Does Science Need A Global Language?: English And The Future Of Research

Hardcover | May 6, 2013

byScott L. MontgomeryForeword byDavid Crystal

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In early 2012, the global scientific community erupted with news that the elusive Higgs boson had likely been found, providing potent validation for the Standard Model of how the universe works. Scientists from more than one hundred countries contributed to this discovery—proving, beyond any doubt, that a new era in science had arrived, an era of multinationalism and cooperative reach. Globalization, the Internet, and digital technology all play a role in making this new era possible, but something more fundamental is also at work. In all scientific endeavors lies the ancient drive for sharing ideas and knowledge, and now this can be accomplished in a single tongue— English. But is this a good thing?

In Does Science Need a Global Language?, Scott L. Montgomery seeks to answer this question by investigating the phenomenon of global English in science, how and why it came about, the forms in which it appears, what advantages and disadvantages it brings, and what its future might be. He also examines the consequences of a global tongue, considering especially emerging and developing nations, where research is still at a relatively early stage and English is not yet firmly established.

Throughout the book, he includes important insights from a broad range of perspectives in linguistics, history, education, geopolitics, and more. Each chapter includes striking and revealing anecdotes from the front-line experiences of today’s scientists, some of whom have struggled with the reality of global scientific English. He explores topics such as student mobility, publication trends, world Englishes, language endangerment, and second language learning, among many others. What he uncovers will challenge readers to rethink their assumptions about the direction of contemporary science, as well as its future.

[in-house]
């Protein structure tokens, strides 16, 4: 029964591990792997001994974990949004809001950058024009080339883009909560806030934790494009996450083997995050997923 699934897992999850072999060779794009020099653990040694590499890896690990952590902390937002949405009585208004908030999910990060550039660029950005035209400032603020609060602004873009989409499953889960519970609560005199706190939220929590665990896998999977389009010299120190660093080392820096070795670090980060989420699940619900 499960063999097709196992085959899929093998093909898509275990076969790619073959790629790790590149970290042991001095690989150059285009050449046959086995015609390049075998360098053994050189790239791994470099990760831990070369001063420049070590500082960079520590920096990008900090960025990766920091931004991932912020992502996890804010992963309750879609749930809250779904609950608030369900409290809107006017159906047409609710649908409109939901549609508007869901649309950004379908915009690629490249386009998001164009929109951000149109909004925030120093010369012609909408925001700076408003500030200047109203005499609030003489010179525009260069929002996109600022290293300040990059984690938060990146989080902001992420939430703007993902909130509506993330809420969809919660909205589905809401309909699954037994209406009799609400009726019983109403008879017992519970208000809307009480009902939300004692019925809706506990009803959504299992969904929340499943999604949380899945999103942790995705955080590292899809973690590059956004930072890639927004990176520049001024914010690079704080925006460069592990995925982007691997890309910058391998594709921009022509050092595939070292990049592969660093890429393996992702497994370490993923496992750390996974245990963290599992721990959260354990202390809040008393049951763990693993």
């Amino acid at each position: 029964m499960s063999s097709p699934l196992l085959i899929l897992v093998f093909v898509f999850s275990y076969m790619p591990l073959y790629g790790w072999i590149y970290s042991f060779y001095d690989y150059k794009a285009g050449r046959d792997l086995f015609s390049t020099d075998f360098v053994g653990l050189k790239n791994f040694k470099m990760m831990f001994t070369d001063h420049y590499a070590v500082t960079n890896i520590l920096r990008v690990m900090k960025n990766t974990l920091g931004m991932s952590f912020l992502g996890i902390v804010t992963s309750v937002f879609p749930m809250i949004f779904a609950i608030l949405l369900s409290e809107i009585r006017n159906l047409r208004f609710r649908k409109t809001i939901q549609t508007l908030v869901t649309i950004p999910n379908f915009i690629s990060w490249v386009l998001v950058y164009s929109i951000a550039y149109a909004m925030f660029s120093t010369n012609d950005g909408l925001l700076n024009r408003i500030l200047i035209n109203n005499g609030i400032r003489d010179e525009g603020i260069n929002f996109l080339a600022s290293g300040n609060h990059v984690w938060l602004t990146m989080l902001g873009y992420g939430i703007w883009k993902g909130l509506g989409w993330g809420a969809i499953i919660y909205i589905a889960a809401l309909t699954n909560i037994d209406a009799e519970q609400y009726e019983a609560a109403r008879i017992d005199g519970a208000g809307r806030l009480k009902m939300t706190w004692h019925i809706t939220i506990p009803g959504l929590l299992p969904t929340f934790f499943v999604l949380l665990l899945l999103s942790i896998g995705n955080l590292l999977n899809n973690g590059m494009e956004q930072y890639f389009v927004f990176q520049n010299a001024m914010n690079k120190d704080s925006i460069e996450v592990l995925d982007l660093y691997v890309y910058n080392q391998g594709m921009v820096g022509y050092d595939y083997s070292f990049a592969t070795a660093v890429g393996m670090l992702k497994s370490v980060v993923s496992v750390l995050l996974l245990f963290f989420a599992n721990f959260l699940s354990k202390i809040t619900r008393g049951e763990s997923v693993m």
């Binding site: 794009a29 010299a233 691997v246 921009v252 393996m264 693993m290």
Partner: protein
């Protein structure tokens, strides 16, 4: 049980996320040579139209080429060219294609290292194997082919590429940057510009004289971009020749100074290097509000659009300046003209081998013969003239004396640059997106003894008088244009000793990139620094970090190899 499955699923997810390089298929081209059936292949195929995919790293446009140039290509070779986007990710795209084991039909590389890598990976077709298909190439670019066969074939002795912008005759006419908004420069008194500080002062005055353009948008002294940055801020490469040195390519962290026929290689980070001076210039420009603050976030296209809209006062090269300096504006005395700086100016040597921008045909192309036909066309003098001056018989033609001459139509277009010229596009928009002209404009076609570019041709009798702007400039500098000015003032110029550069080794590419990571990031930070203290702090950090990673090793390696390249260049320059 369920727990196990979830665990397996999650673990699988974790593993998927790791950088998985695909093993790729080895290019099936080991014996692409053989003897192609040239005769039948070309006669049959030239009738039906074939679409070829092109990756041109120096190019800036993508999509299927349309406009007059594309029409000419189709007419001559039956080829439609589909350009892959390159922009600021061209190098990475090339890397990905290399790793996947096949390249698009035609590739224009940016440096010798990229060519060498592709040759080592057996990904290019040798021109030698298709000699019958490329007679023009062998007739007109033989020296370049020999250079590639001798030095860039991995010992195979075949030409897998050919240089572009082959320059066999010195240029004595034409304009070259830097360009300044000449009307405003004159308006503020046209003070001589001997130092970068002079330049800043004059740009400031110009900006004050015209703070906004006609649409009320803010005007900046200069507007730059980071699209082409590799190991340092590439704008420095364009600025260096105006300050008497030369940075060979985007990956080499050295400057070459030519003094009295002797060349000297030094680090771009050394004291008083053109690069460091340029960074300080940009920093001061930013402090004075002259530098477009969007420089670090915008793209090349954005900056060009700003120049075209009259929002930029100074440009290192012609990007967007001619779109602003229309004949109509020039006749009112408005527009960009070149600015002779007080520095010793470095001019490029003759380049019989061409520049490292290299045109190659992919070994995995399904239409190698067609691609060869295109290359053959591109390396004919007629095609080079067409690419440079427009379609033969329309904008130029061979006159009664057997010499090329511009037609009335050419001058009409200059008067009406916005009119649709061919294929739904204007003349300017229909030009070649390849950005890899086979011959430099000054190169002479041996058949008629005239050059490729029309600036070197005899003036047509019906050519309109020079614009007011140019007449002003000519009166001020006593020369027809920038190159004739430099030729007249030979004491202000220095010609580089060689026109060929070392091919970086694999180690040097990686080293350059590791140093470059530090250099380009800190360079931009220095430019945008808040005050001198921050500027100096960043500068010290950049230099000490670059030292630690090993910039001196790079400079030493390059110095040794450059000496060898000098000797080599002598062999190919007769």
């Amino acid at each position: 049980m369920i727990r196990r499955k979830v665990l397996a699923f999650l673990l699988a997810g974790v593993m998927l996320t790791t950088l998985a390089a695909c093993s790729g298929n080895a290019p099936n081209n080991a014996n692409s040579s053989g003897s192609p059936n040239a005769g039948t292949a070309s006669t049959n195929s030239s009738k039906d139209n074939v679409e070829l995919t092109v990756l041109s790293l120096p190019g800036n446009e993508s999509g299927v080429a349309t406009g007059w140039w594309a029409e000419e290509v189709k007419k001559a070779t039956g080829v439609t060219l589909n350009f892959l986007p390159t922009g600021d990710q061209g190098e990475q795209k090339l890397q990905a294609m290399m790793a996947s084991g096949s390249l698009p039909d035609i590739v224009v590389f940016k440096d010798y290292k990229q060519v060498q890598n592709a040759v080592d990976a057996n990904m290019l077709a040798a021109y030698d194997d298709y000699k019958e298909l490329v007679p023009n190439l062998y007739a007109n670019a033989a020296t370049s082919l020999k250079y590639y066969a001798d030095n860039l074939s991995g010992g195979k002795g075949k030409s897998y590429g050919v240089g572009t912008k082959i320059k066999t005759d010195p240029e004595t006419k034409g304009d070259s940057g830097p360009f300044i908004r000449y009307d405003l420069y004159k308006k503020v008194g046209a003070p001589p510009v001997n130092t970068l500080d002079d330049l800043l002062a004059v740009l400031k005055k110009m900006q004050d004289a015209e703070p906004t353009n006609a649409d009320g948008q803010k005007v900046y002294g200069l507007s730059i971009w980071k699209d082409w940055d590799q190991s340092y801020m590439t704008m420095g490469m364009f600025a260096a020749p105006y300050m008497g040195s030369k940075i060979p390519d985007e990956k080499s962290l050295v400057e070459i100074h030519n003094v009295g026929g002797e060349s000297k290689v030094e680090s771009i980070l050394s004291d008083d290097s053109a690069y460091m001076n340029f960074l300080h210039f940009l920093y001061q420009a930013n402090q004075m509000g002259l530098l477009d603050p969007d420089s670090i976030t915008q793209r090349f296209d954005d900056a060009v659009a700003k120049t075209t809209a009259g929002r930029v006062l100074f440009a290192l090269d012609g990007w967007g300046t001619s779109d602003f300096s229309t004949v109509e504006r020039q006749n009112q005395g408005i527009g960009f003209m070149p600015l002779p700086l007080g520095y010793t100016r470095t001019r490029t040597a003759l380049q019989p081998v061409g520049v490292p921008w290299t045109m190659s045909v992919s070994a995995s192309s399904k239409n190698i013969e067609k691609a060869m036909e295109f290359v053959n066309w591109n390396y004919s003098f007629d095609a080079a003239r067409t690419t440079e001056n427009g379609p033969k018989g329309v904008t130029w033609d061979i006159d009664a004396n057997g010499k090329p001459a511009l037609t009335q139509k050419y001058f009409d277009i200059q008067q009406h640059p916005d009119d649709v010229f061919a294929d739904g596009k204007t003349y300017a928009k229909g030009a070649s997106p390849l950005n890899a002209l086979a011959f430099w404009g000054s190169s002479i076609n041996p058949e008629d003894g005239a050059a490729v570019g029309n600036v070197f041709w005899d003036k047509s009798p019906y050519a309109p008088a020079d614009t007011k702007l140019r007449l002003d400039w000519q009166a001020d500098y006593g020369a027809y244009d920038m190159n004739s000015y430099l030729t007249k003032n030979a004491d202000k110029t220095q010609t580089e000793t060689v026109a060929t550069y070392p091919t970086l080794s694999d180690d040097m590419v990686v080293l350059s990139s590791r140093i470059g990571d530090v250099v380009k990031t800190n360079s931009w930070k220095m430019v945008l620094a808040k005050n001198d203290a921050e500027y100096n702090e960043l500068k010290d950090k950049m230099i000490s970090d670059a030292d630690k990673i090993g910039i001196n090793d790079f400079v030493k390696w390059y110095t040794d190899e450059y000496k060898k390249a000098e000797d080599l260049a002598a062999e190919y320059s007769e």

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In early 2012, the global scientific community erupted with news that the elusive Higgs boson had likely been found, providing potent validation for the Standard Model of how the universe works. Scientists from more than one hundred countries contributed to this discovery—proving, beyond any doubt, that a new era in science had arrived...

Scott L. Montgomery is a consulting geologist and university lecturer. He is the author of The Chicago Guide to Communicating Science, The Powers That Be: Global Energy for the Twenty-First Century and Beyond, and several books on the history of science and scientific language, including Science in Translation: Movements of Knowledge t...

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Format:HardcoverDimensions:240 pages, 9 × 6 × 1 inPublished:May 6, 2013Publisher:University Of Chicago PressLanguage:English

The following ISBNs are associated with this title:

ISBN - 10:0226535037

ISBN - 13:9780226535036

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Table of Contents

Foreword by David Crystal  
Preface
  

(1)
A New Era


(2)
Realities and Issues in Global English


(3)
English and Science
The Current Landscape


(4)
Impacts
A Discussion of Limitations and Issues for a Global Language


(5)
Past and Future
What Do Former Lingua Francas of Science Tell Us?


(6)
Does Science Need a Global Language?


Notes      Index

Editorial Reviews

"Montgomery gives a clear overview of the issues surrounding any possible international language of science, and makes a convincing argument for the acceptance of the reality of the place of English in the world. . . . [T]his is a fascinating book that takes a pragmatic view of an important, though potentially contentious, subject."